For 22 years Pastor David Stevenson and his family have witnessed and passed out tracts on the streets and in the parks of Renton, Washington.
Imagine their surprise when the parks department called the police who informed them that what they were doing was illegal.
Curious, Stevenson asked if a verbal witness to someone about Jesus was also forbidden. "He said that he couldn't stop us from doing that but that as soon as I took a tract out of my pocket I would be arrested," recalls Stevenson.
"I have a mandate from God and I believe that what I am doing is protected by the First Amendment to our Constitution," Stevenson replied.
The policeman then instructed the parks official to issue Stevenson a "Suspension/Exclusion" notice and explained that he would be arrested for criminal trespass if he visited any city park in the future.
Stevenson knew he was in the right and could not back down. This happened the week before the Fourth of July festivities.
Stevenson determined that he and a large party from his church would go back into the park with tracts and witness to the crowd after a speech that was to be given by the mayor on the 4th.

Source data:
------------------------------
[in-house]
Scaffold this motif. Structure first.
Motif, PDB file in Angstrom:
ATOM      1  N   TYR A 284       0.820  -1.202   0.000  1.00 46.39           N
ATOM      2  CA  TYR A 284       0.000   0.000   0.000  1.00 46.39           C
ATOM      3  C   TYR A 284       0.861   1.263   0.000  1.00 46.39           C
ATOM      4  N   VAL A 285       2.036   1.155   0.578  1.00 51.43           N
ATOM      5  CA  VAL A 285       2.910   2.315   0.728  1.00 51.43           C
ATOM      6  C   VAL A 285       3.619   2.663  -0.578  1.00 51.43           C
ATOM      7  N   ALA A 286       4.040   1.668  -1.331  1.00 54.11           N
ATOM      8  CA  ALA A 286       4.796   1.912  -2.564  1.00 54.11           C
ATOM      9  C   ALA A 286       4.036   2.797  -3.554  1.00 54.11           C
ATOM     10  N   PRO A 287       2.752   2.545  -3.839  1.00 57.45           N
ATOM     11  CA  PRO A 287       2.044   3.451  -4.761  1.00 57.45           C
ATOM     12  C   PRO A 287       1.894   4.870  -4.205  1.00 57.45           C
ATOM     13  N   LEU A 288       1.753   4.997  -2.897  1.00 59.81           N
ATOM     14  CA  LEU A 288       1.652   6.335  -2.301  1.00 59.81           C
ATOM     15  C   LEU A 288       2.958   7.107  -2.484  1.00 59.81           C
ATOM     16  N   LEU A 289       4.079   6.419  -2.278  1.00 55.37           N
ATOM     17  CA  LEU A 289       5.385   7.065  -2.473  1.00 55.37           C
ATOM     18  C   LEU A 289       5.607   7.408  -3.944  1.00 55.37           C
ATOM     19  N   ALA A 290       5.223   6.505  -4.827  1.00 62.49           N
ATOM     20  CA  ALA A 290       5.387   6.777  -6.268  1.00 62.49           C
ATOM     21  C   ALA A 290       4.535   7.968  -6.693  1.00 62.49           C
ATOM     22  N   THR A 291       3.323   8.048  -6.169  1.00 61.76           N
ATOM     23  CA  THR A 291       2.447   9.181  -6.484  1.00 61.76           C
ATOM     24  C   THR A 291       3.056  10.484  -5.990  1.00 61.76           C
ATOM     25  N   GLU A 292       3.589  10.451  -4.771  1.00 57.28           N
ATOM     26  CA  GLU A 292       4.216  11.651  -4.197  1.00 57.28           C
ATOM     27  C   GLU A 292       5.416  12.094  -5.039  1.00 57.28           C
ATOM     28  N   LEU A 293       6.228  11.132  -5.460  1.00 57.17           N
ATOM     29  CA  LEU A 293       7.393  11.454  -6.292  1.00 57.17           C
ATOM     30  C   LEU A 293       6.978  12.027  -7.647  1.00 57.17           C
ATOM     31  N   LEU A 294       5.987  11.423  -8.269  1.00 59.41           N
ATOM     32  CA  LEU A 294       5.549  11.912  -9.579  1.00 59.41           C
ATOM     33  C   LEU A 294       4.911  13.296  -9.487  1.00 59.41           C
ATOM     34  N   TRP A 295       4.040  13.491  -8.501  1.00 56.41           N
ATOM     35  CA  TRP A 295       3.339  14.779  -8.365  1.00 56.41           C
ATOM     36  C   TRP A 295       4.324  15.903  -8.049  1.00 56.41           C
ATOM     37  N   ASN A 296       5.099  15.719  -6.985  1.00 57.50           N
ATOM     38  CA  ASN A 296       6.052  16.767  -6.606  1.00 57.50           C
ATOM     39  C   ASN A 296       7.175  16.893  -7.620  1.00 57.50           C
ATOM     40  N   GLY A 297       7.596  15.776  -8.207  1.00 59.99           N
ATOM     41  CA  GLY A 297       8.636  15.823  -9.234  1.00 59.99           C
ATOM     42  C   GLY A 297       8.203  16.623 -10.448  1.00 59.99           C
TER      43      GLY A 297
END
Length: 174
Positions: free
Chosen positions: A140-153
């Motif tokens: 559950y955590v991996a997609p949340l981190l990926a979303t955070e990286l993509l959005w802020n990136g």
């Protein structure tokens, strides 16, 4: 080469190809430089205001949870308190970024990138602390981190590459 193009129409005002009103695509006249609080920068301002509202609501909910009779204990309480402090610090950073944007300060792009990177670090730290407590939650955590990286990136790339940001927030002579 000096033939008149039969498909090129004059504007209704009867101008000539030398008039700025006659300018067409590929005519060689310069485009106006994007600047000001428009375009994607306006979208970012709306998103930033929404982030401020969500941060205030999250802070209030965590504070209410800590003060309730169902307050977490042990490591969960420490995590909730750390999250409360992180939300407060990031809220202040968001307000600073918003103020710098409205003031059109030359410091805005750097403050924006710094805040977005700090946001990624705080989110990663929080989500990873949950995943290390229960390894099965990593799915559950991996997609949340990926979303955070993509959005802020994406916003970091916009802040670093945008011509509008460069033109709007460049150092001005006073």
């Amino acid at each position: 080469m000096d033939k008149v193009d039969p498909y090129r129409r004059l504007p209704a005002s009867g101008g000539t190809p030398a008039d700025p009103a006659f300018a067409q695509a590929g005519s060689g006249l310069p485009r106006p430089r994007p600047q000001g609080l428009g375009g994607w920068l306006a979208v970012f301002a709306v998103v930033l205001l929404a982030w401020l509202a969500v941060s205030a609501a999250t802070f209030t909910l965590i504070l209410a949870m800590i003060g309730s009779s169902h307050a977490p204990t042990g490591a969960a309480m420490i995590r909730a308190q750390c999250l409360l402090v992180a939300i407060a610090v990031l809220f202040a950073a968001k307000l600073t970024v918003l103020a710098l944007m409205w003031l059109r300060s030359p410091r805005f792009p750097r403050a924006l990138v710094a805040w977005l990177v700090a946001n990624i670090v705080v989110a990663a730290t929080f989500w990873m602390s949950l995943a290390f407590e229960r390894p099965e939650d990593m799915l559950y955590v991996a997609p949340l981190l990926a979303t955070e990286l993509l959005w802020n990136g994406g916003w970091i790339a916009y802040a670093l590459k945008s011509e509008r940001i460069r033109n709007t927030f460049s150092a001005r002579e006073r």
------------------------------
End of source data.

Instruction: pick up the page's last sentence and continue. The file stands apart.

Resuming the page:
The media got wind of the situation over the weekend and featured Stevenson and a Seattle University law school professor on a local live news show.
In the discussion it was stated that the city did not need to protect its citizens against religion. The professor stated his opinion that the city would make a mistake if they arrested Stevenson.
At noon on the 4th, Stevenson and about 40 members of his congregation showed up at the park. They gave a statement to the media and were interviewed. After the mayor finished speaking, the group went into the park with tracts.
"I think a lot of people had seen or heard the news reports and with cameras from three of the four major TV stations in Seattle following me, it was like giving out candy," Stevenson said. "In just a few minutes I gave out about 25 US constitutions and 75-100 tracts. There was not a policeman in sight."
Afterward the news reporters interviewed the mayor who admitted that the city had backed down and were exploring their legal options.
Meanwhile, Stevenson had called the Christian Law Association who sent legal information to the city attorney explaining that if Pastor Stevenson was arrested for exercising his constitutional rights, he might have a legitimate legal claim against the city.
After reviewing the CLA materials, the city decided that Pastor Stevenson was free to share his faith.